Cathedral Archer Project

The Cathedral Archer Project provides services for crisis intervention and to support clients to move on from homelessness. They have recently been awarded £176,873 to provide short-term accommodation to rough sleepers who have been helped off the streets.

Crisis intervention is to re-engage homeless or vulnerably housed adults with the relevant support services. This includes providing food, hygiene facilities (shower, laundry, and fresh clothes), access to medical services (nurse, dentist, and podiatrist) and contact to support agencies either through Project Worker direct intervention or Project Worker support to contact agencies (drug support, housing providers, benefits advisors etc).

Move on support involves Project Workers working alongside service users to achieve and maintain stable life patterns. This can include work in drug harm reduction groups, education groups, occupation and leisure activities, and volunteering within the CAP.

St. Wilfred’s Centre

St. Wilfred’s Centre have announced plans to build an accommodation facility on their premises to house homeless people and support them from crisis to being able to take on a tenancy. The model of having accommodation directly linked with training and support has been described as ‘a model for the rest of society’ in a national publication. St. Wilfred’s will be launching a fundraising appeal for this build in March… watch this space.


Roundabout is a homeless charity working specifically with young homeless people. Half of Sheffield’s homeless people are under the ages of 25. Roundabout has recently launched a fundraising appeal to carryout some important work to expand and improve their hostel. When the work is complete, the hostel will have 19 single bedrooms, kitchens, lounges and will provide a training room for life skills sessions to teach young people to live independently in the future and break the cycle of homelessness.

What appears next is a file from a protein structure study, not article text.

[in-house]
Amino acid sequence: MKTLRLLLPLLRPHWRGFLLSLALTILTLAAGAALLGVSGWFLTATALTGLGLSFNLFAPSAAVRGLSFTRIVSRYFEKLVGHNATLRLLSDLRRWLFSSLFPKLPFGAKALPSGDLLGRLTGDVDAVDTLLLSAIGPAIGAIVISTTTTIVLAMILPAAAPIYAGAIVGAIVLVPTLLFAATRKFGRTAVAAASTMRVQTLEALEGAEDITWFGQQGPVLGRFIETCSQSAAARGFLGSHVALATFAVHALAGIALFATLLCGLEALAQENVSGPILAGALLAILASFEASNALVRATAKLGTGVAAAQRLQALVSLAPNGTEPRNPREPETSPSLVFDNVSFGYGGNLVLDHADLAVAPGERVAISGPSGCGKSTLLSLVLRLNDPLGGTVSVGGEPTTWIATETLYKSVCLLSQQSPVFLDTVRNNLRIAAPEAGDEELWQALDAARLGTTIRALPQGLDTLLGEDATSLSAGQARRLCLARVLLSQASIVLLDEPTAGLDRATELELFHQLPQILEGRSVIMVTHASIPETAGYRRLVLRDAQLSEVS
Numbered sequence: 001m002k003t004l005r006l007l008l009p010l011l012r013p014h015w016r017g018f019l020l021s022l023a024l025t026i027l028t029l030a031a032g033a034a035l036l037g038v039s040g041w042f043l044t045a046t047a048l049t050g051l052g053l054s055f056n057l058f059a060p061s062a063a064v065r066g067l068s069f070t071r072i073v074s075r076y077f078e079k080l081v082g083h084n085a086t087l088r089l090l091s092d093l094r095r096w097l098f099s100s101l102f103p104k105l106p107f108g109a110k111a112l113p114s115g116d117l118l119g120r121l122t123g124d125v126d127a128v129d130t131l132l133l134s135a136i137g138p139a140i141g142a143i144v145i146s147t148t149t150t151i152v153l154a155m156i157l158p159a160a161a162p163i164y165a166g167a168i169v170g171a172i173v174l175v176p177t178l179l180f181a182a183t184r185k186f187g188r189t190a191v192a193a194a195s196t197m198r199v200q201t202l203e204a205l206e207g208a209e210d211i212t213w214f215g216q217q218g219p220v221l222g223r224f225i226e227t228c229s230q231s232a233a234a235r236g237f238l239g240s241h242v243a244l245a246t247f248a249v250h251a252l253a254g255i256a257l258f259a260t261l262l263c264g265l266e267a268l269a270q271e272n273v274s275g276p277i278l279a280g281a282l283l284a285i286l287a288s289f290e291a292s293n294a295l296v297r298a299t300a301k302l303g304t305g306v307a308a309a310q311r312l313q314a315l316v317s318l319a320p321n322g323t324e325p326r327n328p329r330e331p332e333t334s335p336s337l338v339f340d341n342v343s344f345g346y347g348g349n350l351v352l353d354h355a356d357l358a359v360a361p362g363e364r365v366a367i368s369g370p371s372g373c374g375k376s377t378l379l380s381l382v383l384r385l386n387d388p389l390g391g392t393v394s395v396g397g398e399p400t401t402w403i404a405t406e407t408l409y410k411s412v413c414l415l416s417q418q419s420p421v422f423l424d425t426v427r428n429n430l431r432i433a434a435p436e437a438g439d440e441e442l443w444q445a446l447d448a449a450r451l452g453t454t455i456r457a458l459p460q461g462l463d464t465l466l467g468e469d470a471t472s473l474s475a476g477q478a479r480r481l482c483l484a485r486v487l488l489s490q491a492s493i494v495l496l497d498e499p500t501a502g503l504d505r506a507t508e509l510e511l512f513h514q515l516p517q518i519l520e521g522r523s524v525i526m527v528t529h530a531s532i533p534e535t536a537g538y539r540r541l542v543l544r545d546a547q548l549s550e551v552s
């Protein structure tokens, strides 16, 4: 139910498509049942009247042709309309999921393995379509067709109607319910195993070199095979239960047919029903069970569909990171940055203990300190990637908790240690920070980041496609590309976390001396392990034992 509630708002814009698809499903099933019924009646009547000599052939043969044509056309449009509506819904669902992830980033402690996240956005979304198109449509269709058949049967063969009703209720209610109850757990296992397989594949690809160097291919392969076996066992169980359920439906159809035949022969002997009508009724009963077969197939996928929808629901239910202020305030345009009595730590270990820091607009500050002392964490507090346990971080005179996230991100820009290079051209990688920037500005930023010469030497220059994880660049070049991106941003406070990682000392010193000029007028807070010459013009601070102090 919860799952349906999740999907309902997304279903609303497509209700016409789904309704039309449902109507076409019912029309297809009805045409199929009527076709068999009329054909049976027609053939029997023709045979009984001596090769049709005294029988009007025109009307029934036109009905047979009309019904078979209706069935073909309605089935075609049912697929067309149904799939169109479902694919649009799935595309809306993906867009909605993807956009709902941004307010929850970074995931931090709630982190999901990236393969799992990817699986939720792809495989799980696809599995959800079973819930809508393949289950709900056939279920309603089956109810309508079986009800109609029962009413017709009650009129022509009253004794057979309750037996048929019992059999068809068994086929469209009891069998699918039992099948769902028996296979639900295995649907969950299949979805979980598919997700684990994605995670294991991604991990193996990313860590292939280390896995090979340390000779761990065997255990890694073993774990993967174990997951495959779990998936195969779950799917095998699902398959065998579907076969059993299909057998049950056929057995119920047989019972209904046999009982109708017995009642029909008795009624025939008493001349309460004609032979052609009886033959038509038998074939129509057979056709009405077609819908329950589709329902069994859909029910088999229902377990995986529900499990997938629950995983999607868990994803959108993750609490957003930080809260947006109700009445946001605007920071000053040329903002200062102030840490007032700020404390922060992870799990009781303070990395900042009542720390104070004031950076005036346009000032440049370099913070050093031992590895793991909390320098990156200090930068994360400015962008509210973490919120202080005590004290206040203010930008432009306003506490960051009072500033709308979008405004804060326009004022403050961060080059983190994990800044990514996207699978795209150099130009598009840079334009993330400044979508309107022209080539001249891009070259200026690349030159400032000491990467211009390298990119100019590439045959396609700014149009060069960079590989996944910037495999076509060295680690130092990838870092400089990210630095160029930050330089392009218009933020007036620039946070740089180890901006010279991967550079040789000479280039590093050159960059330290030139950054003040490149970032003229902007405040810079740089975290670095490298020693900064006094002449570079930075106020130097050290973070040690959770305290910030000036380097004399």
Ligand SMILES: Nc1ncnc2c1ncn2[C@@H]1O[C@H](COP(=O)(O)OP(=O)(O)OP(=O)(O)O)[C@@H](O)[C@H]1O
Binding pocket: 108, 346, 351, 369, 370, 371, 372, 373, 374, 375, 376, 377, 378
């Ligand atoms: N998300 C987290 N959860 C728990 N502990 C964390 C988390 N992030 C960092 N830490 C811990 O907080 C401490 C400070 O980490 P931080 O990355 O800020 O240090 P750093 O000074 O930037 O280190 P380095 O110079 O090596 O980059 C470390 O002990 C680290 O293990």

All of these organisations are making a positive difference to the homeless in Sheffield and there are many new developments to increase the capacity of the homeless sector in Sheffield. A lot of the work they do is reliant on donations and volunteers, so if you feel like you could help please do get in touch with these charities as I’m sure they would appreciate your help.

I would like to assure you that the council and voluntary organisations are doing what we can to help homeless people in our city.

An Audience with Tony Robinson

I had the pleasure of attending an event for 7-11 year old school children yesterday (25th January 2013) at the City Hall Ballroom. An Audience with Tony Robinson was absolutely brilliant! My journey started noisily as I was joined on the tram by children from Charnock Hall Primary School who I quickly learned were attending the same event. I must congratulate the children on their good behaviour on the tram although a little noisy it was great to hear their excited chatter.

This event was organised by Diane Kostka and Jayne Crawshaw from the Sheffield Schools Library Service and what a great job they did. Most people will know Tony Robinson from the TV programmes such as Black Adder, Time Team and Maid Marian and her Merry Men. Tony has also written many books on historical subjects and has won Best Book with Facts category of the Blue Peter Book Awards. He talked about his latest series of books, “Weird World of Wonders”.